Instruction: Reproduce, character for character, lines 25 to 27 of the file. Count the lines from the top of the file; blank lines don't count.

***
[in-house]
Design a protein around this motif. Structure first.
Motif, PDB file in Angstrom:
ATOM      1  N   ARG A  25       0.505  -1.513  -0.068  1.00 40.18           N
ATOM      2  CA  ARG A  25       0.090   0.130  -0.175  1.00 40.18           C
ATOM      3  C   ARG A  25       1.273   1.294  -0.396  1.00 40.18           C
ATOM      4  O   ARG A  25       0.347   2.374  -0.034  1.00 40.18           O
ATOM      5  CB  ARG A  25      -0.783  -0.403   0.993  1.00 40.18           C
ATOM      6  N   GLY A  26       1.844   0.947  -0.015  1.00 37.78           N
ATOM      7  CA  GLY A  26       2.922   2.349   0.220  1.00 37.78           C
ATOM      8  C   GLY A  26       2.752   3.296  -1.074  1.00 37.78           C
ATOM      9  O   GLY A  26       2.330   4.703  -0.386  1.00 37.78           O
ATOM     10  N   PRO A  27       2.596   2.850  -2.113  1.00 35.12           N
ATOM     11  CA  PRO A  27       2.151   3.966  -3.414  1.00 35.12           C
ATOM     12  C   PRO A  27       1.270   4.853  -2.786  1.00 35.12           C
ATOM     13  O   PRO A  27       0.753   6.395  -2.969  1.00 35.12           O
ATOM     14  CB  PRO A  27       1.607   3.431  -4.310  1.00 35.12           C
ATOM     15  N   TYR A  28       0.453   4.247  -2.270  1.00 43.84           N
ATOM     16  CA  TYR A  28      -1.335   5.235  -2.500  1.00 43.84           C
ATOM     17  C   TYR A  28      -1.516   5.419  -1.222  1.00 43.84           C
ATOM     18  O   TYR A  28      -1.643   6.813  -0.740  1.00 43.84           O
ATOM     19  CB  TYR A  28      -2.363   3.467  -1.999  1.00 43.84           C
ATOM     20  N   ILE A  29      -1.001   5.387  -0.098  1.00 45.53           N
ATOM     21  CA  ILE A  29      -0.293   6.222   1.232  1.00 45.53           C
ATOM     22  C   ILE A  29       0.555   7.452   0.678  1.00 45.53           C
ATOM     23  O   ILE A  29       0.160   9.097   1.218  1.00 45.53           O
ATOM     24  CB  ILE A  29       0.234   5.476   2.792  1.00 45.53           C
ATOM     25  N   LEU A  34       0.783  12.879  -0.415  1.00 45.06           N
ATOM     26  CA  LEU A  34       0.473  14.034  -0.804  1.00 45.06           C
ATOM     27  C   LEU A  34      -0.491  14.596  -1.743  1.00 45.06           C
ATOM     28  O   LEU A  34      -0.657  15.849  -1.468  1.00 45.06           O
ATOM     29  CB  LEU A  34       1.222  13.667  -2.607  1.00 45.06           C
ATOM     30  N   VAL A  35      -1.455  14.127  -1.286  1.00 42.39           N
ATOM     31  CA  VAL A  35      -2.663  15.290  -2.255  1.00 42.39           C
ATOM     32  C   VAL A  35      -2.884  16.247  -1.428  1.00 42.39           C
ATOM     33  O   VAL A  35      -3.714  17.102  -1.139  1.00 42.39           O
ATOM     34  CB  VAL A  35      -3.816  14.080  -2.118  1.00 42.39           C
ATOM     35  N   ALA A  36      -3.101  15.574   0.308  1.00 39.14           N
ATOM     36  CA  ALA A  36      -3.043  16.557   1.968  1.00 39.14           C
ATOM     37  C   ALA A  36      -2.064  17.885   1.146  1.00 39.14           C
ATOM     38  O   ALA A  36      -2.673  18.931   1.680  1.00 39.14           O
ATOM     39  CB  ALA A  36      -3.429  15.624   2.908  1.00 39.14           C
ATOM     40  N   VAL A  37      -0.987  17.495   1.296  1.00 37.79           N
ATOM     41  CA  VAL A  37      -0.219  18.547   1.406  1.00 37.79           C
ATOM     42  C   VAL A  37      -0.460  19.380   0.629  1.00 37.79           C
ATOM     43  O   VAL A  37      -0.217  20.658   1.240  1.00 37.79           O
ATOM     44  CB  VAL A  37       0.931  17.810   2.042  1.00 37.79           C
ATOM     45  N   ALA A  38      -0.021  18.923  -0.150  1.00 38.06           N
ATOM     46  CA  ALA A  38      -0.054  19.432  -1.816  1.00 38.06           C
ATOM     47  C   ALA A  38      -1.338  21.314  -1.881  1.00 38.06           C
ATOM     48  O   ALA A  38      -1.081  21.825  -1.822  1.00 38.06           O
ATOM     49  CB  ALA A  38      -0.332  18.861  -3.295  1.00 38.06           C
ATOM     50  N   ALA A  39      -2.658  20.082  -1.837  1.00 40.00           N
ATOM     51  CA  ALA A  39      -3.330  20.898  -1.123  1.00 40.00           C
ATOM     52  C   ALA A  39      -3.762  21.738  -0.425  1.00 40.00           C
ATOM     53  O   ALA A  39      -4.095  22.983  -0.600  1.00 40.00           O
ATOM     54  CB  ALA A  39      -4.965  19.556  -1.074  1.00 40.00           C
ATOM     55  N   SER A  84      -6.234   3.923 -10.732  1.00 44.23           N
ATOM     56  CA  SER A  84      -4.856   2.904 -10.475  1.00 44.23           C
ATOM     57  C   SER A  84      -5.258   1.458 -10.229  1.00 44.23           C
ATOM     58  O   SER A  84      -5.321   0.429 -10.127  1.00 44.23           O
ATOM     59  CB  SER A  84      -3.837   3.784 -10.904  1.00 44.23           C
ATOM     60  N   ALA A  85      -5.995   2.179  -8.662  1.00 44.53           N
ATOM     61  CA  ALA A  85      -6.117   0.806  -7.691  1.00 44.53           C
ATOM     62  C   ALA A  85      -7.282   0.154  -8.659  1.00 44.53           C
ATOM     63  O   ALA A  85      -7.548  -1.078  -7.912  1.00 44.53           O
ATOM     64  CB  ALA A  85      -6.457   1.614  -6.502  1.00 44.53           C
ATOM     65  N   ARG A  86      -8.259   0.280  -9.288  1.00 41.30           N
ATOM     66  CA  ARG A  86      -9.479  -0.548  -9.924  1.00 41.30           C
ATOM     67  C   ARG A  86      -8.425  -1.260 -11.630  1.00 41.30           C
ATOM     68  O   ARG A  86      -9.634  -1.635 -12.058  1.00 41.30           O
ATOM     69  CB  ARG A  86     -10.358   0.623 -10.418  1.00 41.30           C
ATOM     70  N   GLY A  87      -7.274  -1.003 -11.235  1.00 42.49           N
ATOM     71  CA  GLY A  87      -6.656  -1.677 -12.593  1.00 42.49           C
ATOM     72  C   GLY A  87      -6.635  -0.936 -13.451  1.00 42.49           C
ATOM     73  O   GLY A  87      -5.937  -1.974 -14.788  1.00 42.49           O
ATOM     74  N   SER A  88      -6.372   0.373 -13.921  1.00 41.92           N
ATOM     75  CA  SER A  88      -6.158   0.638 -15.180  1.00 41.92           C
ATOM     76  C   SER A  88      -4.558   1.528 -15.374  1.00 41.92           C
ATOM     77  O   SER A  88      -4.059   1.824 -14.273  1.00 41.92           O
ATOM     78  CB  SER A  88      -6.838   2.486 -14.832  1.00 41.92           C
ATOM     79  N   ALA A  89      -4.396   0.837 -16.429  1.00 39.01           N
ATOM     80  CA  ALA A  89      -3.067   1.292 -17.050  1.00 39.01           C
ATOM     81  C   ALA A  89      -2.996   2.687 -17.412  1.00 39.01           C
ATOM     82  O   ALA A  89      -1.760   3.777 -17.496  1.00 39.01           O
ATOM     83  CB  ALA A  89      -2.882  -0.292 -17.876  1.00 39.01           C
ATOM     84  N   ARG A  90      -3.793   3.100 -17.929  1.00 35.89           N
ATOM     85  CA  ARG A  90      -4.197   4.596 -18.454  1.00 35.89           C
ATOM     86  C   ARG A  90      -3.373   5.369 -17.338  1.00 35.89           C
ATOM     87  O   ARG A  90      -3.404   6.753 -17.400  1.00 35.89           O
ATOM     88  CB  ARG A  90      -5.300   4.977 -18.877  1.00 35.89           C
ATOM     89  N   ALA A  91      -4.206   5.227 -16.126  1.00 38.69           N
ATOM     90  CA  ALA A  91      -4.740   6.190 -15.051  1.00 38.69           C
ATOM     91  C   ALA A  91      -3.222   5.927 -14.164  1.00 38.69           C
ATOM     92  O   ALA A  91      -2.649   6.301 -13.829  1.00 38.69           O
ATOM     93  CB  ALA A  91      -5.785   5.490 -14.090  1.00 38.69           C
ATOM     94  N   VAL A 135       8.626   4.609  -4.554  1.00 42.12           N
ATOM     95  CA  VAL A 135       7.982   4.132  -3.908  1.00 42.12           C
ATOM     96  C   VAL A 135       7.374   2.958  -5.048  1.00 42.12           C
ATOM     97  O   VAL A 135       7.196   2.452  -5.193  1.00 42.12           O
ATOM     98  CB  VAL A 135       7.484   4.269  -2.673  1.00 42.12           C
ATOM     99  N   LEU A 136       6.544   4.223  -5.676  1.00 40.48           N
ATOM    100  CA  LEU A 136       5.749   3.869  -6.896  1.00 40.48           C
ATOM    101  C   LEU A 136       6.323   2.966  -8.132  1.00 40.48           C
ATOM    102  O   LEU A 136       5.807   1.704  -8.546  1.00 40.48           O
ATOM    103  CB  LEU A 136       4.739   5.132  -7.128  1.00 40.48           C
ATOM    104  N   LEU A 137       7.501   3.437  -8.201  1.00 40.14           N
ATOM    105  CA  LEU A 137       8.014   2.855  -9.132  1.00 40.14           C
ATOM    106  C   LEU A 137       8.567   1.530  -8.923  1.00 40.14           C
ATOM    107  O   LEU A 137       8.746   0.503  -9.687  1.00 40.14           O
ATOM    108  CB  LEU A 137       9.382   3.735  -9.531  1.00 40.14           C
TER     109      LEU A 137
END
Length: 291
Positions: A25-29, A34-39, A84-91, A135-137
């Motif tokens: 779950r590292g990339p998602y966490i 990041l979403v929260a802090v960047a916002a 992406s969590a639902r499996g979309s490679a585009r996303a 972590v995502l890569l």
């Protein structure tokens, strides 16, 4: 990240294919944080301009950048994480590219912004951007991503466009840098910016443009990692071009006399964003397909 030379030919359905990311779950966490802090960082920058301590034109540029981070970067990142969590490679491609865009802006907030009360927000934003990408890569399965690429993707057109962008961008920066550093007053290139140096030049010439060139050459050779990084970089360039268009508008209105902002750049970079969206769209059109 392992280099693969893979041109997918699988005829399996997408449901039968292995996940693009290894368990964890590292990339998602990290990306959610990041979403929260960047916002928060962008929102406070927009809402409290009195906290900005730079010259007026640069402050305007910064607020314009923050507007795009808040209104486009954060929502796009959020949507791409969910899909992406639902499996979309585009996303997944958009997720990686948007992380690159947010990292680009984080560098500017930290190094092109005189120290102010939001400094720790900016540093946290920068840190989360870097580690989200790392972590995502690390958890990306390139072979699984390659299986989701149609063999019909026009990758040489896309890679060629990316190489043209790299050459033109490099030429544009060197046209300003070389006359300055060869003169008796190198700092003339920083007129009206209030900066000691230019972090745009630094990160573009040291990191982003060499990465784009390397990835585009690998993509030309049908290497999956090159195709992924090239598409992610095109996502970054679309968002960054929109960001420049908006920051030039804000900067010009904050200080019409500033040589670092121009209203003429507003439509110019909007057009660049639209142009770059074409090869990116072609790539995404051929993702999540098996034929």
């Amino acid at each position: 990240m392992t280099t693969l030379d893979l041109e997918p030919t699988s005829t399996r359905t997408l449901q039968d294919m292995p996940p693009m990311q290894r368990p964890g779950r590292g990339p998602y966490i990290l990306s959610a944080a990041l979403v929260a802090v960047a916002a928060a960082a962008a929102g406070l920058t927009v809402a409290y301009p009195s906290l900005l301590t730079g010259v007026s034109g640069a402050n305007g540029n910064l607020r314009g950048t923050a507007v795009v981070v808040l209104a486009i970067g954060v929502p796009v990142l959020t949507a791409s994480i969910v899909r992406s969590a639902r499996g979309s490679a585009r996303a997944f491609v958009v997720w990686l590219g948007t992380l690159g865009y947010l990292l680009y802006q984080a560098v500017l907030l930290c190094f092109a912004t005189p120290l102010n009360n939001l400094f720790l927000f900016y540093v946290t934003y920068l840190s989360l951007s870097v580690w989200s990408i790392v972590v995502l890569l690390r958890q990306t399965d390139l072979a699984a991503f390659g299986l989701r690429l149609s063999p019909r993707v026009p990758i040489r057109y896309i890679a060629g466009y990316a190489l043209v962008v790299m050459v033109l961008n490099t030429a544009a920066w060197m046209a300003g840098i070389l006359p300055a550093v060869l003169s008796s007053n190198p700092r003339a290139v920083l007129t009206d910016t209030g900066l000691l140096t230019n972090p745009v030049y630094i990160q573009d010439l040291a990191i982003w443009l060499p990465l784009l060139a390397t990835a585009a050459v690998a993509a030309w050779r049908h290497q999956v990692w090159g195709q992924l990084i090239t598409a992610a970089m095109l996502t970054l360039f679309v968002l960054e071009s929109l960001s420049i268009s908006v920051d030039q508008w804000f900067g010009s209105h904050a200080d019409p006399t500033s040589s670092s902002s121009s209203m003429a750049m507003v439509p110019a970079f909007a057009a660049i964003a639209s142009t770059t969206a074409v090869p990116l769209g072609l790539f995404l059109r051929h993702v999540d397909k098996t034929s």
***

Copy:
ATOM     22  C   ILE A  29       0.555   7.452   0.678  1.00 45.53           C
ATOM     23  O   ILE A  29       0.160   9.097   1.218  1.00 45.53           O
ATOM     24  CB  ILE A  29       0.234   5.476   2.792  1.00 45.53           C